The NWC established permanent trade posts in the interior, that remained all year round. The natives no longer had to travel long distances, often through rival tribes, to trade for pots, knives, axes and guns. They were all over the interior of North America, as far north as the Arctic ocean, as far west as the Pacific ocean, and as far south as Mexico. The largest of all was in the Athabasca district, near the Arctic Ocean. All of these trade posts focused on the central inland headquarters, at the head of the Great Lakes.
The Treaty of Paris, 1783, changed all of that. The interior was divided
between the United States and Great Britain. The NWC found it's inland
headquarters, located at Grand Portage, in US territory. They were forced
to move, about 40 miles north. This cost the NWC the use of the Grand Portage.
It was the fastest and easiest route into the inland waterway from the
Great Lakes. It also forced the construction costs of a new fort, at the
mouth of the Kaministqua River. It was this move, or pay double taxes,
to both the US and the British governments. The partners chose to move,
but they refused to give up trading in the US owned part of the interior.
The Great Conflict.
They knew that white settlers would bring modern farming, schools and churches into native life. As soon as the natives found that they could earn an easier living as farmers, than as fur trappers, they would quit hunting for furs. With schools would come a better understanding of European economics by the natives, and therefore, lower profits for the companies. With churches and missionaries, would come a loss of traditional native practices, which would again contribute to the decline of the hunter-gatherer society, that the fur trade depended on.
The native people were caught in a struggle that change their culture forever.
Tribes were already showing the effects of European technology. After the introduction of communicable diseases by the Spanish in the 15th and 16th century, they were very slow to recover.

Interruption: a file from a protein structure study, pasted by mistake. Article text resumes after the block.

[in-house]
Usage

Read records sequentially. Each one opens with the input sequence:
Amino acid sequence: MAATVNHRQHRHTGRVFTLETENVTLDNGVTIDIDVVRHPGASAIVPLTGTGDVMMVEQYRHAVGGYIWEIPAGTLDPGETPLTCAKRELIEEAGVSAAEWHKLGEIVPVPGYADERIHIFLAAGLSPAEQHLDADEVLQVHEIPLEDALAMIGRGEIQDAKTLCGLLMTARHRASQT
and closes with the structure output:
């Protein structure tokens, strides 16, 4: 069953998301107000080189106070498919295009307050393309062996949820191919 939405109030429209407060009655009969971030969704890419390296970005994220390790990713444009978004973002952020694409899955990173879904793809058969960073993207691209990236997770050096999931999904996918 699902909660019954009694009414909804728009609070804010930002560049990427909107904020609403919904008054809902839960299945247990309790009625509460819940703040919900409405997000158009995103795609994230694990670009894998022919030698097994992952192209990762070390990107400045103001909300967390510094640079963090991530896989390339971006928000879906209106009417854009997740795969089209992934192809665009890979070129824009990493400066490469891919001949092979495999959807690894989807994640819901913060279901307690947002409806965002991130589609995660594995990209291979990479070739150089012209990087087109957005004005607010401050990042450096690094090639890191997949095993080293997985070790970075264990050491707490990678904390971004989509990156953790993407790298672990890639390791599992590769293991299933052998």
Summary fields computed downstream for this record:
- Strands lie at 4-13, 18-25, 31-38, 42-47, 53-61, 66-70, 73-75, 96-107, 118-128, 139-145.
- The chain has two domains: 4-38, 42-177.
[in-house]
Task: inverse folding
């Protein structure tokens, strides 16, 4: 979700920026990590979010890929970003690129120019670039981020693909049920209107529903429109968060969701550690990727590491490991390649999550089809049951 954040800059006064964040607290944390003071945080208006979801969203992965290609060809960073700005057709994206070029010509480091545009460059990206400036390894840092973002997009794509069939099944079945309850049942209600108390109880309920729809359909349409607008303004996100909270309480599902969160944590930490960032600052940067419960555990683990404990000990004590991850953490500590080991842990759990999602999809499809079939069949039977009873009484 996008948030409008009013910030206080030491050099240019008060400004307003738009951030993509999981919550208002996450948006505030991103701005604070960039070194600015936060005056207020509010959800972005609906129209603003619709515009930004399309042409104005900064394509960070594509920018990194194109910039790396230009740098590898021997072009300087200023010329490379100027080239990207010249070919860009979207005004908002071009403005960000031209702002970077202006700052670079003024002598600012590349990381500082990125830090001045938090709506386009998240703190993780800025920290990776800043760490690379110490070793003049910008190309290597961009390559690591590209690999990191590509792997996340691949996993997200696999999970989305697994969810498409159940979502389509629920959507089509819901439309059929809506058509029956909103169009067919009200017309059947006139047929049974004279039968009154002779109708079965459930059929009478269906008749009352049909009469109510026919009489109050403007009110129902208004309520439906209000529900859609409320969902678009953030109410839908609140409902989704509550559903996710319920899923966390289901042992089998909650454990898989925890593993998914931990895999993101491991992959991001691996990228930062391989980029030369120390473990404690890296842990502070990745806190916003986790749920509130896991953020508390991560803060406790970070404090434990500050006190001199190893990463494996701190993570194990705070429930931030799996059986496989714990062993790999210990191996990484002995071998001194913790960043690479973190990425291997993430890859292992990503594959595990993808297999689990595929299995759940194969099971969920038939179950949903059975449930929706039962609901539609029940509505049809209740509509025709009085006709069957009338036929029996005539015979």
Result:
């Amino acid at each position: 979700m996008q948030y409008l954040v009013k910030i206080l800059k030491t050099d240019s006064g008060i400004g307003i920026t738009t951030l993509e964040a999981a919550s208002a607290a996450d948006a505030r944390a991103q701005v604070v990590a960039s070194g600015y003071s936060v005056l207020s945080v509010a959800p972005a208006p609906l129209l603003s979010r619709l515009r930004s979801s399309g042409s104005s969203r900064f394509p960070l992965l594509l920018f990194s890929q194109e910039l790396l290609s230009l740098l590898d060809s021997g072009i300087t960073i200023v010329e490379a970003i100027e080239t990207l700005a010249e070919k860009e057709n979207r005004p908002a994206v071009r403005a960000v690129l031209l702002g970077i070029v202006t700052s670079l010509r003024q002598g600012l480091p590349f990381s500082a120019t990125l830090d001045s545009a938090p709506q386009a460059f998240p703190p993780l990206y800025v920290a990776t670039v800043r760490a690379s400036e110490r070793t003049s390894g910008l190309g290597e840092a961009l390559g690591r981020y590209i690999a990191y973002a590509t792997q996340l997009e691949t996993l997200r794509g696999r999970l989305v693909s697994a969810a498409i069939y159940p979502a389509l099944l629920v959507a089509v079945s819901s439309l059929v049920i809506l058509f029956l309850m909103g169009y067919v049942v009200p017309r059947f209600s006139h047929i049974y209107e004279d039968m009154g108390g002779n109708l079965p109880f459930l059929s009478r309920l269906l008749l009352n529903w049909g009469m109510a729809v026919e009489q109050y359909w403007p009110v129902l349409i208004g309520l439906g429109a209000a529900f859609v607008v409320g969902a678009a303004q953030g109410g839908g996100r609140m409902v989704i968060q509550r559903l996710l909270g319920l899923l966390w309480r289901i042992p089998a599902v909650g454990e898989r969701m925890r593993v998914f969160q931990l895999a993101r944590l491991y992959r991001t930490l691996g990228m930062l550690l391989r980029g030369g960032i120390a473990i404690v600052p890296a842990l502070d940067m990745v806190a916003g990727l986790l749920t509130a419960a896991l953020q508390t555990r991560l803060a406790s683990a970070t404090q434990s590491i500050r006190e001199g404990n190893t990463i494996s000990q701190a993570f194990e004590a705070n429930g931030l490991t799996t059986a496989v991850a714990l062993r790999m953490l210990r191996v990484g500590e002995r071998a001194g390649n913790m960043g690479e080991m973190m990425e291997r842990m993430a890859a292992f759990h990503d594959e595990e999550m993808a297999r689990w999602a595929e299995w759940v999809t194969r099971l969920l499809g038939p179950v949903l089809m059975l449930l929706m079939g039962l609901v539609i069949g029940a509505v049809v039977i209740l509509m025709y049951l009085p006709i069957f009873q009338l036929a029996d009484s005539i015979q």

New trade goods from the British and French during the 18th century,
increased the prosperity of the tribes beyond their imagination. Steel
axes, iron pots, and reliable firearms made feeding your family much easier
than before. The native population was on the rise.
Who fights Whom?
Everyone is competing against every one else for something, and trying to play off the other parties against each other.
The fur traders are accusing each other of piracy, and demanding warrants
of arrest and punishment for those who they accuse.
The NWC is in a bidding war with the HBC for trade goods in England. They are expanding around the globe, to offer the greatest selection of luxuries to Britain, in exchange for mass produced goods to ship to America.
The AFC is feeling the pinch because they cannot buy competitively in Europe. Britain is in the Industrial Revolution, and manufacturing, there, has outpaced everywhere else.
The fur traders are stirring up the natives to resist the settlers. The settlers are blaming their troubles on every one else.
The natives want to trade with the NWC because the prices are better,
but the American government is telling them they can not.
This Means War!
He can also try to control settlement in the interior, by having himself appointed as it's governor. In fact, he never counts on what really happens.
The war in the interior will become one of looting and raiding. There are no military targets in the interior, with the exception the American forts at Makinac, Dearborn and Prairie du Chien. That leaves only the settlers' homesteads, fur posts and native villages to fight over.
This will establish the tone of American expansion into the interior for the next century.
In the end, the natives are the biggest losers. They cannot stop
the tide of settlement, or the influence of European culture and economics.
They side with the British, who win the war in the interior, and lose the peace at the treaty table.
The East, Canada and New England
We have three main groups. The Americans in New England, the Canadians
in Lower Canada, who are Royalist French by heritage, and the United Empire
Loyalists in Upper Canada, who are a mixture of British, British Allied